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Take the Lead
Take the Lead
Actors: Antonio Banderas, Rob Brown, Yaya DaCosta, Alfre Woodard, John Ortiz
Director: Liz Friedlander
Genres: Drama
PG-13     2006     1hr 58min

Inspired by a true story, Antonio Banderas stars as internationally acclaimed ballroom dancer Pierre Dulane in the energetic and moving film Take The Lead. When Dulane volunteers to teach dance in the New York public schoo...  more »

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Movie Details

Actors: Antonio Banderas, Rob Brown, Yaya DaCosta, Alfre Woodard, John Ortiz
Director: Liz Friedlander
Creators: Christopher Godsick, Diane Nabatoff, Mark Kaufman, Mathew Hart, Matt Moore, Michelle Grace, Dianne Houston
Genres: Drama
Sub-Genres: Drama
Studio: New Line Home Video
Format: DVD - Color,Full Screen - Closed-captioned
DVD Release Date: 08/29/2006
Original Release Date: 04/07/2006
Theatrical Release Date: 04/07/2006
Release Year: 2006
Run Time: 1hr 58min
Screens: Color,Full Screen
Number of Discs: 1
SwapaDVD Credits: 1
Total Copies: 22
Members Wishing: 0
MPAA Rating: PG-13 (Parental Guidance Suggested)
Languages: English
Subtitles: English, Spanish
See Also:

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Member Movie Reviews

Russ B. (Happyfeet) from BENSALEM, PA
Reviewed on 1/10/2015...
I enjoyed the dancing.
1 of 1 member(s) found this review helpful.
Klava D. (bookfan1)
Reviewed on 6/21/2012...
This is a great movie based (I would imagine loosely) on a life of a great person who taught a multitude of kids to dance and about life. Antonio Banderas shines in this role of a ballroom dance teacher who, instead of reporting a teenager he witness vandalizing a car, goes into a public high school and volunteers to lead an after-school detention program. It's a good family film, though it does have some rough language.

This excellent movie includes a lot of dancing, a winner in my book!
1 of 1 member(s) found this review helpful.
Daniel P. from MILACA, MN
Reviewed on 6/9/2011...
An awesomely unorthodox way to teach mutual respect!!!
1 of 1 member(s) found this review helpful.
Jerry S. from OCEANSIDE, CA
Reviewed on 1/20/2011...
Great Movie :-)
1 of 1 member(s) found this review helpful.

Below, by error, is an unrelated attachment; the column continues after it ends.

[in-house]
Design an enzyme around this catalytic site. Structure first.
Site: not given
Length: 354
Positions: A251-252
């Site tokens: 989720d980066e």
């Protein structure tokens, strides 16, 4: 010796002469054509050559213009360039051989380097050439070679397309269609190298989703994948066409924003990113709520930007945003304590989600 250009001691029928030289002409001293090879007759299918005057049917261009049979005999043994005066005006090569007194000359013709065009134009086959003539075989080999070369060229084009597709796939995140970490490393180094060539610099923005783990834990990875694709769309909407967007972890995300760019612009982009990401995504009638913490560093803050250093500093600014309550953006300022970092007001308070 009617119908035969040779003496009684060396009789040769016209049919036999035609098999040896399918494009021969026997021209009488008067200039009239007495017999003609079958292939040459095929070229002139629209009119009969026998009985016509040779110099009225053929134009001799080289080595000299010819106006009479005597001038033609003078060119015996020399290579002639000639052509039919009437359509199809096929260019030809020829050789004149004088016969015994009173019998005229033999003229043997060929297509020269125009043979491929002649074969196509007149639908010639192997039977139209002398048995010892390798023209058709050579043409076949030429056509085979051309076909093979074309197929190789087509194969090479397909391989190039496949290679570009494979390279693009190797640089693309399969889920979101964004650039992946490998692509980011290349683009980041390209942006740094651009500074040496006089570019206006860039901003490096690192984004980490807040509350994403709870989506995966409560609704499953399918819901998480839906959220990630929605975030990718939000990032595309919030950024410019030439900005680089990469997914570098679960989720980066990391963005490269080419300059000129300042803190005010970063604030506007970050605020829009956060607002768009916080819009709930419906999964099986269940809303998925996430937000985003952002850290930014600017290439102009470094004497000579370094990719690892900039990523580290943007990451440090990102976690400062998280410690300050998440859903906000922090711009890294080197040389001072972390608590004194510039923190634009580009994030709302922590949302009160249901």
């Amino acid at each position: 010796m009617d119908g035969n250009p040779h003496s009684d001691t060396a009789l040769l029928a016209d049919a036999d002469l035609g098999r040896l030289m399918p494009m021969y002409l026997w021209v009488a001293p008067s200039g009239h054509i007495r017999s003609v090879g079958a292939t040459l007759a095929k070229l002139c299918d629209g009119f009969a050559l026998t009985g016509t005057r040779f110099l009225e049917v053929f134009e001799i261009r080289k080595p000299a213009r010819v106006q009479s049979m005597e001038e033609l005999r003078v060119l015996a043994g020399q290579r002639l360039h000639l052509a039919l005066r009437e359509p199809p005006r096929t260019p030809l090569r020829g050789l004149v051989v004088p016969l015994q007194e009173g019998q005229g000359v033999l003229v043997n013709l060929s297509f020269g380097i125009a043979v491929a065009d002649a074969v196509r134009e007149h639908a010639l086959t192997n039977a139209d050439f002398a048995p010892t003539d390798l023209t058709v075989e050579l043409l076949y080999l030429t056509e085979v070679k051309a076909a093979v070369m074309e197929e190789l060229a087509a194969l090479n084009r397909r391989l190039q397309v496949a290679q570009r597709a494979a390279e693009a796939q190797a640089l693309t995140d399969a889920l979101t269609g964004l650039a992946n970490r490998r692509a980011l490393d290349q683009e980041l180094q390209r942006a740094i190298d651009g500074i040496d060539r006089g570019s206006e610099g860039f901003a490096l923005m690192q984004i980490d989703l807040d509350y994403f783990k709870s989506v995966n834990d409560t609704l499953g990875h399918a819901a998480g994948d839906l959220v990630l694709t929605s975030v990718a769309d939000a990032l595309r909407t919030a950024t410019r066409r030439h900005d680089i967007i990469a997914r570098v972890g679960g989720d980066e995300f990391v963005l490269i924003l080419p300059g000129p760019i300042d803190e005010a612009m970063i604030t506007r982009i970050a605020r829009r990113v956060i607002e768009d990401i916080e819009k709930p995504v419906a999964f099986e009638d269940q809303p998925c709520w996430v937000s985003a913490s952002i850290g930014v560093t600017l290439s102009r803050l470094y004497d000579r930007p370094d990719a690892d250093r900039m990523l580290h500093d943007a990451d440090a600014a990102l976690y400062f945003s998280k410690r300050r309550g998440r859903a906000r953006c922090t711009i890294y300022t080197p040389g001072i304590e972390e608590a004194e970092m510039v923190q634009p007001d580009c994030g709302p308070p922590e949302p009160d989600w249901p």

Movie Reviews

Flaws and all, I enjoyed it!
L. Quido | Tampa, FL United States | 04/30/2006
(4 out of 5 stars)

"I agree with many of the reviewers that "Take the Lead" could have benefitted with more dance and less "action". I agree that the plotline's been done before....inspirational teacher arrives at a tough school in a tough situation, is initially mistrusted by a cast of student characters, and prevails because he/she really cares to show up, to teach, and to provide an example and inspiration to the students. Yeah, Sidney Poitier did it, yeah, Michelle Pfeiffer did it, Robin Williams - but still, the story of Pierre Dulaine is real, and it is compelling. And the current ballroom dance "craze" allowed it to be brought to the screen.

Banderas always brings it to his films. He's somewhat of a caricature; the hot, smoky Spaniard with the true heart. I choose to believe his public persona, that he's like this in real life, as well. Banderas is more than fine as Pierre Dulaine - he has a light, believable touch. He inspires. It feels as though making this movie was not just another job, another role to him. I think that quality in Banderas is like the indefinable charm that Hugh Jackman brings to a role....and it's why they're as successful on stage as they are on screen. They're living it.

His student cast - a permanent, multicultural cast of detention junkies (why Yaya Dacoste as LahRette is in detention is anybody's guess), including Rob Brown as Rock (he was good here, fantastic in Finding Forrester), is quirky but endearing (yes, that's a tired clich?, from movies and TV as well).

Dulaine's got a somewhat successful dance studio; he's a widower, his life is busy but not full and these kids strike a chord with him. There's a little mix of hip hop with his ballroom in the classroom, but by far the most fascinating scene in the film takes place at the final competition, when dancer Jenna Dewan (a bit player in the saga of the romantic life of Justin Timberlake) heats up the floor dancing the tango with not ONE, but two partners (small role successes Lyriq Bent, as Easy and Dante Basco, who has big screen potential galore, as Ramos). This trio absolutely makes the audience, both in the film and in seats in the theater stand up and cheer for a sensuous, serious and memorable dance sequence.